McDonalds hits back at Supermacs in battle over EU trademarks

Galway Daily news Supermac's wins major trademark battle with McDonald's

The latest round of fighting in Supermacs long running battle with McDonald’s over the Galway fast-food chain’s attempts to expand into Europe took place this week.

McDonalds filed a 40-page submission with the EU Intellectual Property Office seeking to prevent the Galway based fast-food chain from using the ‘Mac’ in Europe among other disputes.

Making its case earlier this year, Supermacs said that it had been operating under that name in Ireland for 40 years without any complaint from McDonald’s.

However, The Independent reports that McDonald’s claims that a long-standing co-existence with Supermacs and their brands in Ireland isn’t relevant to the case.

In May, Supermacs filed documents with the EUIPO pointing to areas where the two chains operate in close proximity without any confusion among customers, such as on the Headford road.

The US fast food chain also dismissed Supermacs’ argument that McDonald’s opposition was an abuse of its dominant market position in Europe.

Supermacs claimed that the real reason McDonald’s was opposed to their expansion had nothing to do with any trademark issue, but rather because they had the potential to be a competitor on the continent.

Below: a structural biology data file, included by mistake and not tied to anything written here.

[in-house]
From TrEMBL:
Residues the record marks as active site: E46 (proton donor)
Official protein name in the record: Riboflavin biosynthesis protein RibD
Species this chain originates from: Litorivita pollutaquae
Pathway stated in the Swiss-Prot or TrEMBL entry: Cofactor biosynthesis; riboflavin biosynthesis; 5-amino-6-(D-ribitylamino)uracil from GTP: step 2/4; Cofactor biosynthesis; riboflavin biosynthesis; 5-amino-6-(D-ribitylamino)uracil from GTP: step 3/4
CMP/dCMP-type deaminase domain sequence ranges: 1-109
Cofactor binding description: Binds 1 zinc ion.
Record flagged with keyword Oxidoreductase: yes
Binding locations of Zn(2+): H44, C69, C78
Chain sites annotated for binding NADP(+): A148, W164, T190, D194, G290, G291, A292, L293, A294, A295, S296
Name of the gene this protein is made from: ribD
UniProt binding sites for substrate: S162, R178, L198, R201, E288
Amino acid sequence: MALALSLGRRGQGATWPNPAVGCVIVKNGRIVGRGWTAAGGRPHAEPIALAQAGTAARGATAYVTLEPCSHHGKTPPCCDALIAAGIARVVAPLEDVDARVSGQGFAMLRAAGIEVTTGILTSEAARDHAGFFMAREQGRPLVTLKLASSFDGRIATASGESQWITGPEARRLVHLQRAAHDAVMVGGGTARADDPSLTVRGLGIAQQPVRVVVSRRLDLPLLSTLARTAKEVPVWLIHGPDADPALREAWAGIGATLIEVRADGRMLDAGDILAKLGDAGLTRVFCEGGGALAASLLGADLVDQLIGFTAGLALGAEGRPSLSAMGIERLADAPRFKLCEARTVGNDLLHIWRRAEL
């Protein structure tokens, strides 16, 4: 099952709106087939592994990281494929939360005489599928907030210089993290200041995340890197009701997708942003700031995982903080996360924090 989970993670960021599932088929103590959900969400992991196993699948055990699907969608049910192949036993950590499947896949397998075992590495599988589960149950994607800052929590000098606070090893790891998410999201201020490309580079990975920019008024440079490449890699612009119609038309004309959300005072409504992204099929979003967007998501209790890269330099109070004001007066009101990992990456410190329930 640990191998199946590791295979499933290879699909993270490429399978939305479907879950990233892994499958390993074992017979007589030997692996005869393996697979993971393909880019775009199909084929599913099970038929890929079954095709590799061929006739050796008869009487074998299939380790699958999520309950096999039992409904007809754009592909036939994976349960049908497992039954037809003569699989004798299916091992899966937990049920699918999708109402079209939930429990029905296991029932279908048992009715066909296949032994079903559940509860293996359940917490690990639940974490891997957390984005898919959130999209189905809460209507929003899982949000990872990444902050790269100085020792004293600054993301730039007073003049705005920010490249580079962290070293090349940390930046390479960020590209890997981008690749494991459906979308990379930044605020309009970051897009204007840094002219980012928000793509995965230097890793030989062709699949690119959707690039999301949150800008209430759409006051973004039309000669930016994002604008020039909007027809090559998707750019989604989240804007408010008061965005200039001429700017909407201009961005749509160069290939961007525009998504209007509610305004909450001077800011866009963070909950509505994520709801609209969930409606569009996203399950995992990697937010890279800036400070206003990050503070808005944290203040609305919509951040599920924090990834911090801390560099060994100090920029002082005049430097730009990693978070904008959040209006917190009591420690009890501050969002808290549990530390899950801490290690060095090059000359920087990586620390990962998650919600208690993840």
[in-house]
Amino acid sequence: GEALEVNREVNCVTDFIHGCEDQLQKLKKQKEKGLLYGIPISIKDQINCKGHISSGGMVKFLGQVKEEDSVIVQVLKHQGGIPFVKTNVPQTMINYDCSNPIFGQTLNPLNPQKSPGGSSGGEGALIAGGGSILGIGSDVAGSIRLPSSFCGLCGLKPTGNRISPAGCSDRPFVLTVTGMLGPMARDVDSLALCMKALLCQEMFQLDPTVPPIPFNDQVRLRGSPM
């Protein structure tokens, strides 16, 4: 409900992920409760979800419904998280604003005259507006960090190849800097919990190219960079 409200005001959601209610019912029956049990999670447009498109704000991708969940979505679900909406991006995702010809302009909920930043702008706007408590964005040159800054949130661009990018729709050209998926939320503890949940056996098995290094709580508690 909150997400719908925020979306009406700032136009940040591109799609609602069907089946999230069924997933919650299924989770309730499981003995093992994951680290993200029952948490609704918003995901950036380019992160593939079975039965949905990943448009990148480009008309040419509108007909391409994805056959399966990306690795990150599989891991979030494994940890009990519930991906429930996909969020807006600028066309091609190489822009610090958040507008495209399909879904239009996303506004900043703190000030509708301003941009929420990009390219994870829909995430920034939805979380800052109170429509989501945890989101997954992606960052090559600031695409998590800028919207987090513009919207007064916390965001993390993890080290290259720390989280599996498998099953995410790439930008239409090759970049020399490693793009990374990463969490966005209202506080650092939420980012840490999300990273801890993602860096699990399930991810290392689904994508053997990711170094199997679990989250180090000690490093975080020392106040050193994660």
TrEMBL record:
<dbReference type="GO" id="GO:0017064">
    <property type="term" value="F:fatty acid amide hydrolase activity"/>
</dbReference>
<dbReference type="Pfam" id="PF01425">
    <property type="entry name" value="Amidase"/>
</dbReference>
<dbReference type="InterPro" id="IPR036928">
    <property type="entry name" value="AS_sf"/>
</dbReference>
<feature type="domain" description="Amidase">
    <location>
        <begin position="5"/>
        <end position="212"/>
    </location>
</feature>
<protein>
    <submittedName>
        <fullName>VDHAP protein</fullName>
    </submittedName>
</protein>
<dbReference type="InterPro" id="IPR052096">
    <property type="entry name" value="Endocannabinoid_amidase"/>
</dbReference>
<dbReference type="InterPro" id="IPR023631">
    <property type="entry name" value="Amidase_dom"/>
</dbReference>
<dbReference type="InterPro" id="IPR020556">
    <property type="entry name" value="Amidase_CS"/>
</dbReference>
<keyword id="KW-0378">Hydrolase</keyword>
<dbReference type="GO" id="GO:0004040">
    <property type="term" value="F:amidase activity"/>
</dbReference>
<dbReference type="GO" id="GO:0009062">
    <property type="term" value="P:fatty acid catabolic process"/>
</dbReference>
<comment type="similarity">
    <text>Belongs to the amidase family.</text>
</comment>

“Given the success of Supermac’s in Ireland and the UK, success in Europe would be highly achievable,” One submission claimed.

Pat and Una McDonagh, founders and owners of Supermacs, have been trying to expand into the European market since 2014, with no legal success.

Their first brand application was shot down by the EUIPO in 2016 after an objection by McDonald’s that customers would be confused by the two brands and their similarities.

The matter wasn’t left to lie there. A revised application was submitted in 2016 which was again opposed by McDonald’s on the grounds that it would infringe on their established trademarks.

Supermacs escalated in April last year by asking the regulator to immediately cancel McDonald’s trademark on the Big Mac, with Pat McDonagh saying that McDonald’s was engaged in trademark abuse by trademarking words like McKids, McFamily, McCountry, McWorld, McJob and McInternet.

“McDonald’s has literally registered the McWorld,” McDonagh said.

In its latest filing McDonald’s maintains that remains a likelihood of confusion between the two brands, and points the finger at Supermacs as having done nothing to address this.

Speaking to The Independent yesterday McDonagh said he is still confident of that Supermacs will be successful in their European application.

“Absolutely, if logic and common sense prevails. We should be successful. We await the decision of the EUIPO.”